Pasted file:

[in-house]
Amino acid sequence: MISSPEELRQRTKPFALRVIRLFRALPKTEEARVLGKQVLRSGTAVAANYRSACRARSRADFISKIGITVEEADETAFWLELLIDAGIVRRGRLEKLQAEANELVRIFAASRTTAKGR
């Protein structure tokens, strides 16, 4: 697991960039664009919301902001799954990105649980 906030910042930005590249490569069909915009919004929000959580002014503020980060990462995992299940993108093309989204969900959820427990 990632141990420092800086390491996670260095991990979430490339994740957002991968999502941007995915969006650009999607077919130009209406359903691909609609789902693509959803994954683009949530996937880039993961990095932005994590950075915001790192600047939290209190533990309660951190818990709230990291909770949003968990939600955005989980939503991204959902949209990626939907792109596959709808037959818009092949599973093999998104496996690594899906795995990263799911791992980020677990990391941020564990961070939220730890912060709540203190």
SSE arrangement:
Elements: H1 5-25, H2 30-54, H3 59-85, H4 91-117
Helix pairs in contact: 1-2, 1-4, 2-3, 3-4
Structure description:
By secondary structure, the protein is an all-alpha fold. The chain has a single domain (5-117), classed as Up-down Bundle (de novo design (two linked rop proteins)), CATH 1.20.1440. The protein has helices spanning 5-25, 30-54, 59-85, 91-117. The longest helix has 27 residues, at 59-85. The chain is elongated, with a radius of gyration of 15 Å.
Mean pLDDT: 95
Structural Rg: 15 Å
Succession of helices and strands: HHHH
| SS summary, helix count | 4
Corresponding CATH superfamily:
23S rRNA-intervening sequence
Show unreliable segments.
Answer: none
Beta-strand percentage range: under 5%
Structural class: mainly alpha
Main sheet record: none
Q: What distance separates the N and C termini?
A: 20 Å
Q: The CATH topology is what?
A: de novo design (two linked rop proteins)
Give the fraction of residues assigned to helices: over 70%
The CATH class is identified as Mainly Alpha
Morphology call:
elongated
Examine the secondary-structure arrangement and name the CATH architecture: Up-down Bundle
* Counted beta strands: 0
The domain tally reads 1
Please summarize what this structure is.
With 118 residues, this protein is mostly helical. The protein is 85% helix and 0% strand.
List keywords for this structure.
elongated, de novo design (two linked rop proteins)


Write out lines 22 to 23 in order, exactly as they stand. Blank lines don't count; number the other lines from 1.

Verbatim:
Q: The CATH topology is what?
A: de novo design (two linked rop proteins)